Mazda might be one of the most idiosyncratically Japanese brands there is, but this is a very European way of doing things: a car that looks like a painfully mild update on the outside, but with next-generation technology underneath. Mercedes-Benz would approve.
In many respects, the Mazda3 is a small car caught between two worlds. Styling-wise, especially. You might remember all the fuss about the brand's "Nagare" styling philosophy, the signature of one-time chief designer Laurens van den Acker - a look that was supposed to resemble liquid flowing across the body of the car. The Mazda3 was Nagare's most explicit expression in Mazda's mainstream lineup.
But Van Den Acker has gone to Renault and Nagare is on the way out, to be replaced in forthcoming models by something called Kodo - more sporty, less swoopy.
Late-2011's Mazda3 facelift was an attempt to bridge the gap between the two and I can't say it's worked all that well. As it was, the Mazda3 was idiosyncratic but honest; now, with the most obvious curves and creases smoothed away, it seems to be neither one thing nor the other.
A bit bland - something you'd never have accused the old car of. That's a shame when the new Kodo generation - led by the CX-5 crossover this year - looks cohesive and striking.
Never mind. Because beneath the muddled exterior of this Mazda3 GSE is the maker's next-generation SkyActiv engine and transmission technology. The GSE is a brilliant drive and arguably the best car in the Mazda3 range, even if you forget about the eco-appeal and just focus on driving pleasure.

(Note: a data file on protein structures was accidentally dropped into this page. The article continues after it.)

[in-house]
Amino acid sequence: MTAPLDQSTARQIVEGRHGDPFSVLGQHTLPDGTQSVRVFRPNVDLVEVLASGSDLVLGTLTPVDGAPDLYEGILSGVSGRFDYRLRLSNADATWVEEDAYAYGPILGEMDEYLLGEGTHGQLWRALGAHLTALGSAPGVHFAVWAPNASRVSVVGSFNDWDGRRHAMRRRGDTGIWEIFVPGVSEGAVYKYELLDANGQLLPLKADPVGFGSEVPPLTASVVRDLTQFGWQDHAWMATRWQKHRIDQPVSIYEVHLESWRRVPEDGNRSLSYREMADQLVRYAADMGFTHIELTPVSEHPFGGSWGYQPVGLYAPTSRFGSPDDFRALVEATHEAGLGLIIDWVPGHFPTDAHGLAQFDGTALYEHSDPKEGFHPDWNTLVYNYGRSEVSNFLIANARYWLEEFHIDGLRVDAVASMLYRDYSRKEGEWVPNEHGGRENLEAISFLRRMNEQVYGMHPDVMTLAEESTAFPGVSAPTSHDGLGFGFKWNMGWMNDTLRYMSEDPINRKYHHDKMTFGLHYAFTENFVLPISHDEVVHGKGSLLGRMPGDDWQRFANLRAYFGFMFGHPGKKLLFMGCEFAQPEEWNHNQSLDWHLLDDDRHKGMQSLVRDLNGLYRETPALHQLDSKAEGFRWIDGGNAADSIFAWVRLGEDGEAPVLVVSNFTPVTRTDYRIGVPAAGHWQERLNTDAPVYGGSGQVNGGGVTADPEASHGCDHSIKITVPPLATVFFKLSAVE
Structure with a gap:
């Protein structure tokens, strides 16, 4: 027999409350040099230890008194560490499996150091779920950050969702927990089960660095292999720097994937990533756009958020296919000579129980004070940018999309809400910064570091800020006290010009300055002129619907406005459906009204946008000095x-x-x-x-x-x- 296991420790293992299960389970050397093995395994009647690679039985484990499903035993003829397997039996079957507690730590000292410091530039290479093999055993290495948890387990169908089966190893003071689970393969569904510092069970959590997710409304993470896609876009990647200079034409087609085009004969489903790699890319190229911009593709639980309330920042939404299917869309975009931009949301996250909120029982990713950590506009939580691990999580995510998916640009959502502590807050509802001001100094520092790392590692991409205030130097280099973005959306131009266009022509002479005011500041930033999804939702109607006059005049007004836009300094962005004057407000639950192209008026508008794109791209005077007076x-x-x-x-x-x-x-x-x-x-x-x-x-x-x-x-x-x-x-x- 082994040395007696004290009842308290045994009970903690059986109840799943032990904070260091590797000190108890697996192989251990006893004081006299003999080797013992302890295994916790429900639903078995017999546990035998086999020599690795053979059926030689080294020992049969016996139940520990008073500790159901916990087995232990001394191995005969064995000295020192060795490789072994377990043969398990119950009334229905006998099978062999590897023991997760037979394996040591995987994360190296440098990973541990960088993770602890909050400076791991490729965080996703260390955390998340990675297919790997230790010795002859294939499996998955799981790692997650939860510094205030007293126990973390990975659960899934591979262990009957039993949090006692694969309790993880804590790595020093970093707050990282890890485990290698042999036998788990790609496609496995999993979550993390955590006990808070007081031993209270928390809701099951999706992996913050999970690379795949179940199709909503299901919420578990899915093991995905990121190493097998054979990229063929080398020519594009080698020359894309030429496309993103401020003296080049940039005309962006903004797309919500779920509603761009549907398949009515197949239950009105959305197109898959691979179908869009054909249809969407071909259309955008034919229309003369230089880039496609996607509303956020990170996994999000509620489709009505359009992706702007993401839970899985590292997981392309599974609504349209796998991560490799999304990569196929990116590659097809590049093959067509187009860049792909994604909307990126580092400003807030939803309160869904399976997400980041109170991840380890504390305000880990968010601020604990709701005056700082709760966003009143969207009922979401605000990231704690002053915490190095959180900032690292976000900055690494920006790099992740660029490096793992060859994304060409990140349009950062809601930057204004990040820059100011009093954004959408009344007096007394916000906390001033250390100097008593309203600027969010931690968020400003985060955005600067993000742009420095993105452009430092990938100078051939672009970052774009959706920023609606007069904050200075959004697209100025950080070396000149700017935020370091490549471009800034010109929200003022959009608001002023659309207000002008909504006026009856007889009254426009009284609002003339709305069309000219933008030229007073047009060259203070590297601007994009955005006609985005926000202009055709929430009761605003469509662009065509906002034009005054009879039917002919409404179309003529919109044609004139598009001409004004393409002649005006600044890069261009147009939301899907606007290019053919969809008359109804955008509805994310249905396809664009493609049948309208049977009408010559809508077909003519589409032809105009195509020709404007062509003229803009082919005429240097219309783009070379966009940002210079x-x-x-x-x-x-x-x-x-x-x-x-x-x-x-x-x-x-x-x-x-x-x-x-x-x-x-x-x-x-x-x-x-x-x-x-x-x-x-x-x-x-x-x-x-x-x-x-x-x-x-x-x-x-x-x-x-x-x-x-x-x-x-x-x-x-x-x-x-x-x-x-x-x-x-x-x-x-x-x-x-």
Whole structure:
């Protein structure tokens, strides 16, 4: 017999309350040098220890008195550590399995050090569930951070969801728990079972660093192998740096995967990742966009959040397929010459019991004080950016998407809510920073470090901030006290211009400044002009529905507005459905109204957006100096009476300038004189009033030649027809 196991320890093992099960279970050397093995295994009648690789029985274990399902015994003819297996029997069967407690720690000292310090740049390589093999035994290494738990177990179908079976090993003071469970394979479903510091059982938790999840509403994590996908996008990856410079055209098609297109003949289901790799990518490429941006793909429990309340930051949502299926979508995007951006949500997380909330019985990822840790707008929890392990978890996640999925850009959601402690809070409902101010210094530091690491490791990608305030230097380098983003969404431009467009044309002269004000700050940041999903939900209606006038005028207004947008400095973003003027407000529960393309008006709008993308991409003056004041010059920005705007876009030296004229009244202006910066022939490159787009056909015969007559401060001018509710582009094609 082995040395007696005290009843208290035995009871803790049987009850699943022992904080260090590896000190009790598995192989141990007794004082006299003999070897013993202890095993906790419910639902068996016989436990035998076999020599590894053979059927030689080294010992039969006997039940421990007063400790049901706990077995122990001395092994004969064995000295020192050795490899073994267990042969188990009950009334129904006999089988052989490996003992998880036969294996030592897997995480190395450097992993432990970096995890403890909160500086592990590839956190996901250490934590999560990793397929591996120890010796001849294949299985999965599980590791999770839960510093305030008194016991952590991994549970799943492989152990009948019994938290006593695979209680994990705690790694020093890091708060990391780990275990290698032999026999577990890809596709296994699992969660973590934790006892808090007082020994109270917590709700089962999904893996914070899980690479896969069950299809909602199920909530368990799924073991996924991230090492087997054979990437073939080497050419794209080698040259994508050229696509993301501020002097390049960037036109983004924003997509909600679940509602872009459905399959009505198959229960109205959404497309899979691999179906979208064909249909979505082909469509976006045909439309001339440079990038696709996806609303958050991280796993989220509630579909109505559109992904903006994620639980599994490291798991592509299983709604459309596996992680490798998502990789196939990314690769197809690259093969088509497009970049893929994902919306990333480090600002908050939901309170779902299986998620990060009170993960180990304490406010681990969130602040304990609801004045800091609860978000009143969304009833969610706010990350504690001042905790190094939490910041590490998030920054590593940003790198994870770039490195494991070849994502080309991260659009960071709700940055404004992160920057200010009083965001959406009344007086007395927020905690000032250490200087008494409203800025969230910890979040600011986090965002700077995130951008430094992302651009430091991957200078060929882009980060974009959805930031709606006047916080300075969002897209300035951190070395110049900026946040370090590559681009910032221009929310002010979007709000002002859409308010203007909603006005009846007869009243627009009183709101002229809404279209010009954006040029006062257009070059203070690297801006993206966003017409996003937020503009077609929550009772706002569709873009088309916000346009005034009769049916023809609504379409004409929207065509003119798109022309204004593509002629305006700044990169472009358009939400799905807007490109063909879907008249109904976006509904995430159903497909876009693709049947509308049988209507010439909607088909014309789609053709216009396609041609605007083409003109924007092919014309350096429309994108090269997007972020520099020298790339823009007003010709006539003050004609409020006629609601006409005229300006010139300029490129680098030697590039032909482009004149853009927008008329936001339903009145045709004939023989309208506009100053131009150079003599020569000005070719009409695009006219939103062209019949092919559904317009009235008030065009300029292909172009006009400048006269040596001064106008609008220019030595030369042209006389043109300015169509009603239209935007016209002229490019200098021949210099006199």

In the pursuit of ultimate efficiency, Mazda has redesigned just about every major powertrain component in this 2.0-litre, six-speed automatic package: this is a high-compression, low-friction affair that makes 113kW/194Nm and returns 6.2 litres per 100km in the mandated Australian Design Rules (ADR) cycle (standard GSX 108kW/182Nm, 8.4 l/100km).
The GSE is no lighter overall than the standard GSX, but there's a latent energy in the SkyActiv engine and transmission that leaves the regular car for dead in terms of driver appeal.
It's genuinely thrifty, too: an average of 6.7 litres/100km for an open-road excursion and 7.8 litres/100km overall for the week is deeply impressive for a car that demands to be driven with such verve.
No, it's not a hyper-miling eco-car - but Mazda reckons by making these smaller gains in efficiency to the broadest possible market, it's doing more good than it would with the likes of a niche hybrid or electric car. I agree.
When SkyActiv hits its stride with the CX-5 and next-generation Mazda6, there will be much more to the package - such as a lightweight chassis and advanced exhaust technology. But for now, the Mazda GSE is an impressive introduction. The $2100 spent over the otherwise-identical GSX ($35,295) is money well-spent.